Welcome to Christian Adams’ 15-part essay series documenting an ill-fated attempt to hear every record listed in the somewhat popular coffee table book, 1001 Albums You Must Hear Before You Die, edited by Robert Dimery.
*Also known as 1001 Albums Released Between 1956-1992 You Must Hear Before You Die…Or Not
Most importantly, Adams attempted to establish whether or not the casual music appreciationist*, i.e. the listener really needed to hear these albums, and in some cases, suggested an alternative record which didn’t make the list.
In step with the spirit of the book, nearly every genre of modern popular music is discussed, including avant-garde, noise, psychedelic, jazz fusion, world music, sophisti-pop, soft rock, extreme metal, adult contemporary, post-punk synth pop, country rock, and many, many more. Additionally, the essays often touch on tangentially related issues that surround the culture of popular music, such as the influence of computer technology on artistic development.
*Christian’s term for this type of writing: appreciationism.
Click here for the 1001 Albums You Must Hear Before You Die (Complete Unofficial List).
The essay series comes with its own key and multiple standards of exception, including but not limited to: The BS&T Clause, the Human League Dilemma, Double LP Syndrome, and exclusive definitions and explications of terms like shitball and solipsism. Here are some excerpts.
BSM’s 1001 Albums Review Key:
Strikethrough indicates what you probably think it does
Green indicates highly recommended listening
Underlined indicates questionable but ultimately acceptable record
Red indicates generally hazardous material
Blue bold italic indicates ABSOLUTELY MUST HEAR BEFORE YOU DIE
Note: Suggested alternatives are from the same year as the contested entry unless otherwise indicated.
From the Introduction:
You don’t have to do anything. However, if you’re interested in the development of rock music as an artistic, historical, and/or social movement, there are more than 1001 Albums You Must Hear Before You Die. In fact, if you really want to know your stuff, there are 10,000 albums you need to be familiar with before you can join the conversation.
[Clears throat. Sits up in chair.] Samba.
The only sound of music more offensive than samba is bossa nova, which, surprise! Is a form of samba. This is the shit that gets piped into trendy restaurants for “atmosphere,” when they really mean “sonic wallpaper.” By far the most tepid, inoffensive, disingenuous form of music in existence. Theme songs to children’s television shows have more substance.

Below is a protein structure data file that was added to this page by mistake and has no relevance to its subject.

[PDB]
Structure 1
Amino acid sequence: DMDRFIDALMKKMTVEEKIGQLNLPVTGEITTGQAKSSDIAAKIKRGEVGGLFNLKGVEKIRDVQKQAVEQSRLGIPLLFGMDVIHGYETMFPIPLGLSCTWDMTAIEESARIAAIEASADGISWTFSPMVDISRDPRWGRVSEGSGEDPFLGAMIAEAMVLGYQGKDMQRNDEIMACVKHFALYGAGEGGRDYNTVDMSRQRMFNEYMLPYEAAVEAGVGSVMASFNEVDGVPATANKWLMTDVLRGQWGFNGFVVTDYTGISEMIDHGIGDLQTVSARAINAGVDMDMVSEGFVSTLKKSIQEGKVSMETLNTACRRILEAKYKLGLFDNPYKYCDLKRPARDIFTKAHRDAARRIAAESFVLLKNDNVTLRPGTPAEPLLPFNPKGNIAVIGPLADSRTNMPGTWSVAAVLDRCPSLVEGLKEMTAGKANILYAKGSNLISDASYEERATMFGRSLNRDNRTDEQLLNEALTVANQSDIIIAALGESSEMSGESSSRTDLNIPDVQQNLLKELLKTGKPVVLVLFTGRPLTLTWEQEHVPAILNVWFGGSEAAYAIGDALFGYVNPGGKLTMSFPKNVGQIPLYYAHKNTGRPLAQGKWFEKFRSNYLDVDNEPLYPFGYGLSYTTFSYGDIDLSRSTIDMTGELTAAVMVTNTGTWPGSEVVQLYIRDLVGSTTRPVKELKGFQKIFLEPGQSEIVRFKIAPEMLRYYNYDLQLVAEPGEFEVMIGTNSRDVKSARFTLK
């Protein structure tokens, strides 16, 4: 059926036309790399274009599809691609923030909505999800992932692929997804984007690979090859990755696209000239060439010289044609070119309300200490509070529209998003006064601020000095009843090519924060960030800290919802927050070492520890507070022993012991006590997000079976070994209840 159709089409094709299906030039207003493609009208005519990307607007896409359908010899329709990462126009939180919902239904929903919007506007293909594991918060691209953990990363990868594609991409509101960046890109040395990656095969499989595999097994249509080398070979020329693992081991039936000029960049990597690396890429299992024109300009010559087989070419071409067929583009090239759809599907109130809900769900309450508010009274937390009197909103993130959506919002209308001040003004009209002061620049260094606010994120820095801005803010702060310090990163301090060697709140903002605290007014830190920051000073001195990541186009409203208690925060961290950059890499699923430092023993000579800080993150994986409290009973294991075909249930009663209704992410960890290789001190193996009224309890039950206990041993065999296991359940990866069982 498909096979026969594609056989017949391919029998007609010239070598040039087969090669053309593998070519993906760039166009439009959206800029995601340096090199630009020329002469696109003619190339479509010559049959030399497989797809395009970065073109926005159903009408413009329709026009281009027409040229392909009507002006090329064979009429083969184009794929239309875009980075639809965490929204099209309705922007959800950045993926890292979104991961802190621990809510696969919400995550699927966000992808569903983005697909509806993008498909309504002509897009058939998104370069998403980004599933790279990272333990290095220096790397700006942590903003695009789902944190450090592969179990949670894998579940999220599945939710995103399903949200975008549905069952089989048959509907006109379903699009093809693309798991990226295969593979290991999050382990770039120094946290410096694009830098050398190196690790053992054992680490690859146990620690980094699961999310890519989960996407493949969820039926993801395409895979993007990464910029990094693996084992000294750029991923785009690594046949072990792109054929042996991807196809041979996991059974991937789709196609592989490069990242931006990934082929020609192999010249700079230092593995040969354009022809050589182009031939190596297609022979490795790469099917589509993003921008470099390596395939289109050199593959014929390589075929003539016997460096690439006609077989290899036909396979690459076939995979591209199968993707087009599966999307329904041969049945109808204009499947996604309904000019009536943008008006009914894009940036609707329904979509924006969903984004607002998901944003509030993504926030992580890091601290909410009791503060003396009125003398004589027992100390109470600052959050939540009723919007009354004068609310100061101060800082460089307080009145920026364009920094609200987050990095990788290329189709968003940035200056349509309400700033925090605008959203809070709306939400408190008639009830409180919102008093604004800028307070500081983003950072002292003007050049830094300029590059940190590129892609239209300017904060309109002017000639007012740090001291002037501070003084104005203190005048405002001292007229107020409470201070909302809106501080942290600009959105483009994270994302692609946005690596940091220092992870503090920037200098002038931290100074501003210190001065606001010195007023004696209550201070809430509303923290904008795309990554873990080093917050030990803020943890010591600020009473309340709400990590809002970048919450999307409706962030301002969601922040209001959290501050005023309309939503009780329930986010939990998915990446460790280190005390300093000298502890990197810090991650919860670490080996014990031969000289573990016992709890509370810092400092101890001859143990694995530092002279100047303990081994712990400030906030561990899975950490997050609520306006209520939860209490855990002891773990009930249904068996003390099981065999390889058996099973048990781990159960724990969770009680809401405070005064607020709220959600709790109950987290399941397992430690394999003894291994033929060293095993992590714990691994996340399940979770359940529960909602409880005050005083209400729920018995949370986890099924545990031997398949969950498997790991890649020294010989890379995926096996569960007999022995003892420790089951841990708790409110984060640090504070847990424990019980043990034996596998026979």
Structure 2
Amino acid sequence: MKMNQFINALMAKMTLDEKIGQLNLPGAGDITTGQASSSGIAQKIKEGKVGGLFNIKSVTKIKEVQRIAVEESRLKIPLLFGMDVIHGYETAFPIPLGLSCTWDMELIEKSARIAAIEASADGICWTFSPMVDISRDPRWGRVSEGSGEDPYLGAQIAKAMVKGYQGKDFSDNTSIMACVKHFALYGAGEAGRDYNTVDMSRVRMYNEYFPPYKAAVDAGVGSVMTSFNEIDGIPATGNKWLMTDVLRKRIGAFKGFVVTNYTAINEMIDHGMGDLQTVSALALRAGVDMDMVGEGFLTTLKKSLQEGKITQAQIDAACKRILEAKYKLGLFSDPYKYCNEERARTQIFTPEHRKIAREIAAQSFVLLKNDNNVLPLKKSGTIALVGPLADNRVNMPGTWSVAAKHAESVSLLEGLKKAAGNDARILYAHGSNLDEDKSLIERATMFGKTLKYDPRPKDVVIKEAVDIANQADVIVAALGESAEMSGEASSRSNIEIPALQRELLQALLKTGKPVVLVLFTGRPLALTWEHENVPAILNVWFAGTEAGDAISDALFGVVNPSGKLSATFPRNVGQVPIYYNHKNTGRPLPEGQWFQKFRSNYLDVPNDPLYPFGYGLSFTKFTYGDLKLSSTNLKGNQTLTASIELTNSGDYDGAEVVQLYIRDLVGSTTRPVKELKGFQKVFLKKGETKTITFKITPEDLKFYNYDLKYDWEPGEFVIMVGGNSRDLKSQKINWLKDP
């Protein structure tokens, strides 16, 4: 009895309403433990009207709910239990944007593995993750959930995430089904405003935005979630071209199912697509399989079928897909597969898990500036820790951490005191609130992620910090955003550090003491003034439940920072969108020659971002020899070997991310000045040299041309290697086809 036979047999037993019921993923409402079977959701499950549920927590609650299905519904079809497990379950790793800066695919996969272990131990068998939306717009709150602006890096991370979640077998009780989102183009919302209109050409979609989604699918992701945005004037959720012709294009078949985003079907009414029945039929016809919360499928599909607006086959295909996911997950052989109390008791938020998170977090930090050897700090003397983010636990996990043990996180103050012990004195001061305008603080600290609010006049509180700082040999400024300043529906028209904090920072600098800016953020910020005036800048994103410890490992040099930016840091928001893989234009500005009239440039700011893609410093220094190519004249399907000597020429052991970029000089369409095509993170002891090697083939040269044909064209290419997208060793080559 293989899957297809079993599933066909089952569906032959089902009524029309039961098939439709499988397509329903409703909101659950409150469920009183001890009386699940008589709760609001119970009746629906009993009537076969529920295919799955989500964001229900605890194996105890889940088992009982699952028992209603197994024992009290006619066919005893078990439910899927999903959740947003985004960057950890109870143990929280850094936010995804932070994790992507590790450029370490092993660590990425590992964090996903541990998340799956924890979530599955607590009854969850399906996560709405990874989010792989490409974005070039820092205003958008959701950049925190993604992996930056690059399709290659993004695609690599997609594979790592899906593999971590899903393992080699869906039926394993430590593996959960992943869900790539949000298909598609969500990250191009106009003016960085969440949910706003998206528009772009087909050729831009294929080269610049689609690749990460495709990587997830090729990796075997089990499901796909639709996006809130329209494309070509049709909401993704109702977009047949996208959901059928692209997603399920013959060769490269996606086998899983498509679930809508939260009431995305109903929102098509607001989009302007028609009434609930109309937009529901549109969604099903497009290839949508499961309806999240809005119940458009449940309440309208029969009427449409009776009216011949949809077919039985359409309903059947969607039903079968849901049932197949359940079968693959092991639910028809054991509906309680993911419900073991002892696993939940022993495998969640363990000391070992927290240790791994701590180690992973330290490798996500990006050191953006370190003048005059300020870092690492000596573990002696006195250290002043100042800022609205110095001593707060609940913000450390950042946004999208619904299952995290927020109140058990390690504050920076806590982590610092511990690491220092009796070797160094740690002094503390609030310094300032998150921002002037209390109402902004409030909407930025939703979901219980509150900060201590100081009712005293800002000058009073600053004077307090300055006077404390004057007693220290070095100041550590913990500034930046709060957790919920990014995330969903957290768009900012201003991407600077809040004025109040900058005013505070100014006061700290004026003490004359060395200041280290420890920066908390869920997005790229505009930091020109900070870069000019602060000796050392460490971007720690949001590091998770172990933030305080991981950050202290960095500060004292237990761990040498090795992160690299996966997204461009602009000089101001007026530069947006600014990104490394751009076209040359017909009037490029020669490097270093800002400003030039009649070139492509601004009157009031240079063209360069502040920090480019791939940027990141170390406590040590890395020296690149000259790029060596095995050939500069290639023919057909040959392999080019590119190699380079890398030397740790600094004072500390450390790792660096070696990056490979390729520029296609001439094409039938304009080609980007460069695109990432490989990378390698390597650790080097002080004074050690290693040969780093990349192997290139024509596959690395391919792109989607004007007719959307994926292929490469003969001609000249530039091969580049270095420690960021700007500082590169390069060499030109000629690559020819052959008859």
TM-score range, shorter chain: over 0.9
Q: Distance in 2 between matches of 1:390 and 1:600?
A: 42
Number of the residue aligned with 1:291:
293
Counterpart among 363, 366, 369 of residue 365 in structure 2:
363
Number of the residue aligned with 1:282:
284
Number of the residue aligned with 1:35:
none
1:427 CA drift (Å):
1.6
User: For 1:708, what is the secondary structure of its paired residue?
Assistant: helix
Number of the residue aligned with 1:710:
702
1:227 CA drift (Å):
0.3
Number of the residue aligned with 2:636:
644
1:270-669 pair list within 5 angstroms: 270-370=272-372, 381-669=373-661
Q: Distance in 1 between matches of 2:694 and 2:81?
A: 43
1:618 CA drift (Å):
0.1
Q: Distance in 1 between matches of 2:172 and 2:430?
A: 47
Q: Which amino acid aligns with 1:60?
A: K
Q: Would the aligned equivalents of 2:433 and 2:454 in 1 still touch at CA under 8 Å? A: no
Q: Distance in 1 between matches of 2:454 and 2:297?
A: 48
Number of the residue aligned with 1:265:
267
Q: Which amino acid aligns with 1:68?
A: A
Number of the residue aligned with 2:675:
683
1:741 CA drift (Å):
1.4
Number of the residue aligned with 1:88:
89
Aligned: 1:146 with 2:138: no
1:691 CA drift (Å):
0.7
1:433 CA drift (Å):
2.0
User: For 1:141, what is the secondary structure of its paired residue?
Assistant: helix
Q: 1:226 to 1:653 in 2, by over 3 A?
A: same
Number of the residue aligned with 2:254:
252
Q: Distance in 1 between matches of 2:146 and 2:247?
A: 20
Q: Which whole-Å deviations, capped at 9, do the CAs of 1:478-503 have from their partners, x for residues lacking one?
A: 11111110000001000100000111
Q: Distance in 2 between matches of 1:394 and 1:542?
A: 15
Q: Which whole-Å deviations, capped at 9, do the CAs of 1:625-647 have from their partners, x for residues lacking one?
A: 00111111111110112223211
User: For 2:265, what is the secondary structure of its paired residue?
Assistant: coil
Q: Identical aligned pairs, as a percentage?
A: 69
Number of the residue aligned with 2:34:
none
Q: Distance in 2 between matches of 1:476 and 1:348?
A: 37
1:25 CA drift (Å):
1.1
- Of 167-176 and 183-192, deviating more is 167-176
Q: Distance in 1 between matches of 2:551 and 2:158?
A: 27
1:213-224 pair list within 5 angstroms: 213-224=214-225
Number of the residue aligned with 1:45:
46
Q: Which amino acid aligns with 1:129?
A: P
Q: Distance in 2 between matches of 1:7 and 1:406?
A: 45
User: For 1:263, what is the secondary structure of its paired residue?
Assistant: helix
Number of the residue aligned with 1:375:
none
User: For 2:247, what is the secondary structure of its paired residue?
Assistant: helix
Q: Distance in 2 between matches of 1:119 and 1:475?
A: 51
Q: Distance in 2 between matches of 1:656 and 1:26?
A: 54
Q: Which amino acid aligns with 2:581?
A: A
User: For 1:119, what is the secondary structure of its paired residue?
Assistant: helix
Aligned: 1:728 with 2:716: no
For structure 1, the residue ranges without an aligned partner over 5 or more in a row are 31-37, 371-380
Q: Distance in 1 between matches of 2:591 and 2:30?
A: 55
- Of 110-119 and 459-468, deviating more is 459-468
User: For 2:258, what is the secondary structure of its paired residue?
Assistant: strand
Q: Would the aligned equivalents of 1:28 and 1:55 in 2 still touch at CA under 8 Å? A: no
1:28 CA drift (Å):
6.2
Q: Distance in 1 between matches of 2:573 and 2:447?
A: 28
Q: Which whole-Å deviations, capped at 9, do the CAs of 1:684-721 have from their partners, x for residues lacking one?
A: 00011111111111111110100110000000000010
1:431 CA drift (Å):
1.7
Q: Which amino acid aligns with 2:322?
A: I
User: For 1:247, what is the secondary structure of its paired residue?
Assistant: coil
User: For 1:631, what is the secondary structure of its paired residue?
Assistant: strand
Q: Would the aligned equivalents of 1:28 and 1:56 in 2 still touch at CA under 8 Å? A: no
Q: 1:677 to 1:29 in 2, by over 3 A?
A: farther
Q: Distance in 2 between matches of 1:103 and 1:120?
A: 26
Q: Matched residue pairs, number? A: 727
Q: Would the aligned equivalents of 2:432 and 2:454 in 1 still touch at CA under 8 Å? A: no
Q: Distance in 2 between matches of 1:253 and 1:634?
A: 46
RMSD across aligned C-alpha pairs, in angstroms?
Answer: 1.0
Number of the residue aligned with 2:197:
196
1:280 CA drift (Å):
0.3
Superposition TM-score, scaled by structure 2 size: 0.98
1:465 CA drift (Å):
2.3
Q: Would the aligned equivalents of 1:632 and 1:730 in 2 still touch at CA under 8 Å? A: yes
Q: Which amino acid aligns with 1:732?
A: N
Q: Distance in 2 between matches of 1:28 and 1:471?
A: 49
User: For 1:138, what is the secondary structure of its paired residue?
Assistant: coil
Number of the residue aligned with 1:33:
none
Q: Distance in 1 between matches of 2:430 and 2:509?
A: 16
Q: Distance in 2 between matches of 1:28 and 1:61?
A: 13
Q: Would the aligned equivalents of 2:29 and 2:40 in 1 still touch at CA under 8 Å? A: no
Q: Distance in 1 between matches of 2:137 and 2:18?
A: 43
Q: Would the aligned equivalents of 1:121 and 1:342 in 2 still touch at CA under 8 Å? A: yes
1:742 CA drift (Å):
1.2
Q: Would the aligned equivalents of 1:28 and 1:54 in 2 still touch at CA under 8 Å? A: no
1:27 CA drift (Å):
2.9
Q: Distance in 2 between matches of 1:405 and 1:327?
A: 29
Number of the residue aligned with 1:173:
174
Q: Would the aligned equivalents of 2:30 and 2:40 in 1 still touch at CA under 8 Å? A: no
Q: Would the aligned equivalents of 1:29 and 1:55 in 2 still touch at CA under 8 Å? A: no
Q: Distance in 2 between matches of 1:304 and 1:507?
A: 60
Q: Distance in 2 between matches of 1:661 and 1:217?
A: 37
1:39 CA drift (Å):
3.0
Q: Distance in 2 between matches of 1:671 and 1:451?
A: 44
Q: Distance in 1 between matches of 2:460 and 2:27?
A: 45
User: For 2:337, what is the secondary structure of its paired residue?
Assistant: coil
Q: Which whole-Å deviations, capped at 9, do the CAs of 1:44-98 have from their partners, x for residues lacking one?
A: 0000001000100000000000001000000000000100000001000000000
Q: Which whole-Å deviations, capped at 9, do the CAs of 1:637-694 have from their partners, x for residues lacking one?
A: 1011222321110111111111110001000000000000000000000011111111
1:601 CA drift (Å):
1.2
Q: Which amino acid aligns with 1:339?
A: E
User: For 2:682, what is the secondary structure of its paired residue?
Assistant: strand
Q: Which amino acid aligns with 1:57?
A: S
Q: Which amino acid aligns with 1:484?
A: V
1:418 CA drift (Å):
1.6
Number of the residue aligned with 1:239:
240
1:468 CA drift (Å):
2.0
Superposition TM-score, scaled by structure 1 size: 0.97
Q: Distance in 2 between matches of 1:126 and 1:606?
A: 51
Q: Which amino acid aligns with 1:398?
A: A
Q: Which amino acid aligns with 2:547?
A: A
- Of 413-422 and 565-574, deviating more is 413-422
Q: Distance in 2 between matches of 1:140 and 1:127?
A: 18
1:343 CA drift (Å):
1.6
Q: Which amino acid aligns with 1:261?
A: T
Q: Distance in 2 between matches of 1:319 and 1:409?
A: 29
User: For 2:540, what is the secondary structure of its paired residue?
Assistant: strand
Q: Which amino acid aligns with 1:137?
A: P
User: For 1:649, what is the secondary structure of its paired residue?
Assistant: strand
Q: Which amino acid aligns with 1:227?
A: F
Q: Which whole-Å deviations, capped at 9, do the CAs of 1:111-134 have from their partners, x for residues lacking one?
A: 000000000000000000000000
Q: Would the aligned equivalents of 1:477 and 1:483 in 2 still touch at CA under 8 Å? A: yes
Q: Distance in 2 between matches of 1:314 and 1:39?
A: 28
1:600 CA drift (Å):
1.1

Flying Burrito Brothers – The Gilded Palace Of Sin (1969)
Here, I face a major dilemma. If I say go ahead and listen to this, I’m not being honest. If I say don’t bother listening to this, I’m not being fair. Whether I like it or not, country rock is a thing, and these guys were the Pangaea of the genre.
So it comes down to a very conscious decision on your behalf. Ask yourself these two questions: Do I like Wilco? Do I own a copy of The Eagles – Greatest Hits 1971-1975? If you answered yes to either, you should probably give this record a spin, not because you might like it, but because this is where all that middle of the road, cut along the grain, country rock sawdust comes from. Actually, the story of the band is far more interesting than any of their jams. The legend of Gram Parsons is a fascinatingly morbid tale.
Blood, Sweat & Tears – Blood, Sweat And Tears (1969)
Here’s an outfit that sounded really, truly great on their debut album, Child is the Father to the Man (1968); but then Al Kooper left and BS&T became the house band in my version of Hell featuring David Clayton-Thomas on lead vocals and perspiration.
BS&T won the 1969 Grammy for Album of the Year, and this is one of several proverbial lines in the sand: Accolades mean nothing. The same cat who produced this unacceptable bullshit (James William Guerico) was also working with Chicago (see #3) and Moondog, but he dropped the ball on BS&T. Even though Child is probably a Must Hear album, BS&T disqualifies the band from inclusion on any list yours truly might be involved with.